• Justin Spencer Returns to Suffolk as Featured Speaker


High-Stakes Responsibilities at Dana-Farber for Suffolk Alumnus

Justin Spencer, a 2007 graduate of Suffolk’s MPA/Health program, returned to Suffolk as the featured speaker at the April 1, 2009, meeting of the Institute for Healthcare Improvement (IHI) Suffolk Chapter.

Professor Lauren Williams and Justin Spencer
at the April 1 event

The IHI works to improve healthcare across many fronts, including patient safety and quality of care. As Clinical Research Coordinator for the Center for Patient Safety at the Dana-Farber Cancer Institute and an active member of Suffolk’s healthcare community, Spencer was an ideal speaker for the chapter: he works on patient safety research studies and implementation of quality-improvement initiatives.

His lively talk, accompanied by a comprehensive slideshow, examined the multidimensional approach that Dana-Farber is taking to promote safety and quality care. Data he cited drove home how high the stakes are: it’s estimated that annually in the United States medication errors cause more than 1.5 million preventable injuries, and more than 7,000 deaths.

A pivotal event

In the past, Spencer reflected, efforts to address safety and quality issues tended to be regarded as “nice” to do in a healthcare culture that did not promote open discussion of safety issues or seek to identify systemic problems. A pivotal event was the 1994 death of Betsy Lehman. A 39-year-old health reporter for the Boston Globe and mother of two, she was undergoing chemotherapy at Dana-Farber when a medication error that quadrupled a chemotherapy dosage level ended her life.

Dana-Farber had already been addressing quality and safety issues, Spencer explained, but Lehman’s death illuminated systemic problems and prompted far more aggressive efforts. Now, Dana-Farber has embedded safety and quality into its core values and, as its web site puts it, “is committed to creating a culture of safety that permeates the entire organization.” (Indeed, a 2007 National Academies of Sciences publication, Preventing Medication Errors, states, in discussing the Lehman case, “Today, the hospital has a strong culture of safety.”)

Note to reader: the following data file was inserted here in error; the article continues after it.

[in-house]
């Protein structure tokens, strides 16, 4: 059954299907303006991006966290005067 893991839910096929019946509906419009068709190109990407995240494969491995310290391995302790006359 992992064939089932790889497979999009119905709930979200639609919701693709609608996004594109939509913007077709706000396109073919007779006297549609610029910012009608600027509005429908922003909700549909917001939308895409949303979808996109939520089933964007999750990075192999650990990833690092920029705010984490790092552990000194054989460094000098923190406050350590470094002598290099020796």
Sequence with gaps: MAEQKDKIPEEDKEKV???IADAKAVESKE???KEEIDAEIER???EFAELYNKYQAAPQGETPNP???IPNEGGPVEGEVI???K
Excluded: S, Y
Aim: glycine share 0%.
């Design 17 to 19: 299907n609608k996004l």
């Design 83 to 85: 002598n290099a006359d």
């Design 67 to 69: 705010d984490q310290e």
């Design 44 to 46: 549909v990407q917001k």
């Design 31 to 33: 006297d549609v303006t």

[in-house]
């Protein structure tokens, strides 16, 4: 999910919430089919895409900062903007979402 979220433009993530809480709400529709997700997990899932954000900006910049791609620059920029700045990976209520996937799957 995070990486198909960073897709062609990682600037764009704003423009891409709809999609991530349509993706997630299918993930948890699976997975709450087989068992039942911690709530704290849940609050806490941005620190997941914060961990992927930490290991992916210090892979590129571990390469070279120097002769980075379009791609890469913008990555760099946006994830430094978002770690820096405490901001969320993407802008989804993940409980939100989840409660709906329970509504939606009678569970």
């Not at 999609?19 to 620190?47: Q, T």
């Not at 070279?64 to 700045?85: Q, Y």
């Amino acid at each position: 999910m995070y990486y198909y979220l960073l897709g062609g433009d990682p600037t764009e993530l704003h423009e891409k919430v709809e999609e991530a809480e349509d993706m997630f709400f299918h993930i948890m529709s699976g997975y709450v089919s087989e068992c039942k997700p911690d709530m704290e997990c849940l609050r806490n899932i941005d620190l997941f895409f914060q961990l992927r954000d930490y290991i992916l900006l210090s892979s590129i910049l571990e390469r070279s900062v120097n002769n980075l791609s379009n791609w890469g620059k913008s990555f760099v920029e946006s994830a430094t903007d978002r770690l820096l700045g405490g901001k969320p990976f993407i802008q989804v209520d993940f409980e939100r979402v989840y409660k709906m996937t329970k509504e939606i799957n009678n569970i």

The multidimensional approach

Dana-Farber achieves – and, crucially, maintains – success by pursuing safety and quality relentlessly and comprehensively. Continuous risk assessment, monitoring, and feedback are among many practices it employs. Inclusiveness is key: many parties are actively engaged – not least, patients and their families. Patient-centered care, programs that empower patients to play an active role on their healthcare team, and initiatives to improve communication across the Institute are promoted. (On the subject of communication, don’t miss the 40-second YouTube video cited in Spencer’s slideshow.)

Another priority is transparency in decision making, as well as in data handling: like a growing number of healthcare organizations, the Institute reports its safety and quality data publicly – a dramatic index of progress.

Justin Spencer
Suffolk MPA/Health 2007

Also crucial is a workplace culture that is “fair and just.” “It is inevitable,” Spencer stressed, “that people will make mistakes.” The institute “is committed to learning from mistakes rather than blaming staff for them.” This empowers staff and creates an environment of awareness that allows for continuous learning and improvement. Indeed, the Institute views itself as a laboratory for innovation.

This is an exhilarating vision! Students and faculty surely carried home from Spencer’s talk a heightened sense of the urgency of safety and quality goals and deeper insight into the opportunities for achieving and maintaining gains. Our Suffolk healthcare community will continue to follow, and learn from, the vital work that he and his colleagues at Dana-Farber are advancing.

For more information

In addition to Spencer’s valuable slides, Dana-Farber’s web site offers extensive and instructive information on safety and quality. It’s well worth exploring.

An article Spencer coauthored, "The You CAN Campaign: Teamwork Training for Patients and Families in Ambulatory Oncology," was published in the February 2009 Joint Commission Journal on Quality and Patient Safety.)

IHI’s brochure, “Closing the Quality Gap,” describes “an ever-evolving learning system” in which “all teach; all learn.”

Suffolk MHA student Jaclene Coit contributed to this story.

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